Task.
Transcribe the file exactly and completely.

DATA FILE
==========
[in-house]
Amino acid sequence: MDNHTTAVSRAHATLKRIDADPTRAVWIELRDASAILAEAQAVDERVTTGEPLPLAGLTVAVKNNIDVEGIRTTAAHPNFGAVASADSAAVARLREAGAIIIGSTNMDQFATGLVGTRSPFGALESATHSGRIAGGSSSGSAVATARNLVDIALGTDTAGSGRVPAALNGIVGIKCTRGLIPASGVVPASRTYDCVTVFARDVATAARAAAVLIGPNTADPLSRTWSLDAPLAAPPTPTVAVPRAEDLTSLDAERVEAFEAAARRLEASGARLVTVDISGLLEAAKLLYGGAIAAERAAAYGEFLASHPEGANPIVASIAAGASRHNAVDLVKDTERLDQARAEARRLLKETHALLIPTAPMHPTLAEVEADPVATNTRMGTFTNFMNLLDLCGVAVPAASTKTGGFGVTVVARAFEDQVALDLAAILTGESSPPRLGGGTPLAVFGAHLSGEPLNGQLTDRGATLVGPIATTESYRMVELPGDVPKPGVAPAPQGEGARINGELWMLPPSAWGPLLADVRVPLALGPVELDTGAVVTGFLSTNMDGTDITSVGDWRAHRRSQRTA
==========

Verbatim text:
[in-house]
Amino acid sequence: MDNHTTAVSRAHATLKRIDADPTRAVWIELRDASAILAEAQAVDERVTTGEPLPLAGLTVAVKNNIDVEGIRTTAAHPNFGAVASADSAAVARLREAGAIIIGSTNMDQFATGLVGTRSPFGALESATHSGRIAGGSSSGSAVATARNLVDIALGTDTAGSGRVPAALNGIVGIKCTRGLIPASGVVPASRTYDCVTVFARDVATAARAAAVLIGPNTADPLSRTWSLDAPLAAPPTPTVAVPRAEDLTSLDAERVEAFEAAARRLEASGARLVTVDISGLLEAAKLLYGGAIAAERAAAYGEFLASHPEGANPIVASIAAGASRHNAVDLVKDTERLDQARAEARRLLKETHALLIPTAPMHPTLAEVEADPVATNTRMGTFTNFMNLLDLCGVAVPAASTKTGGFGVTVVARAFEDQVALDLAAILTGESSPPRLGGGTPLAVFGAHLSGEPLNGQLTDRGATLVGPIATTESYRMVELPGDVPKPGVAPAPQGEGARINGELWMLPPSAWGPLLADVRVPLALGPVELDTGAVVTGFLSTNMDGTDITSVGDWRAHRRSQRTA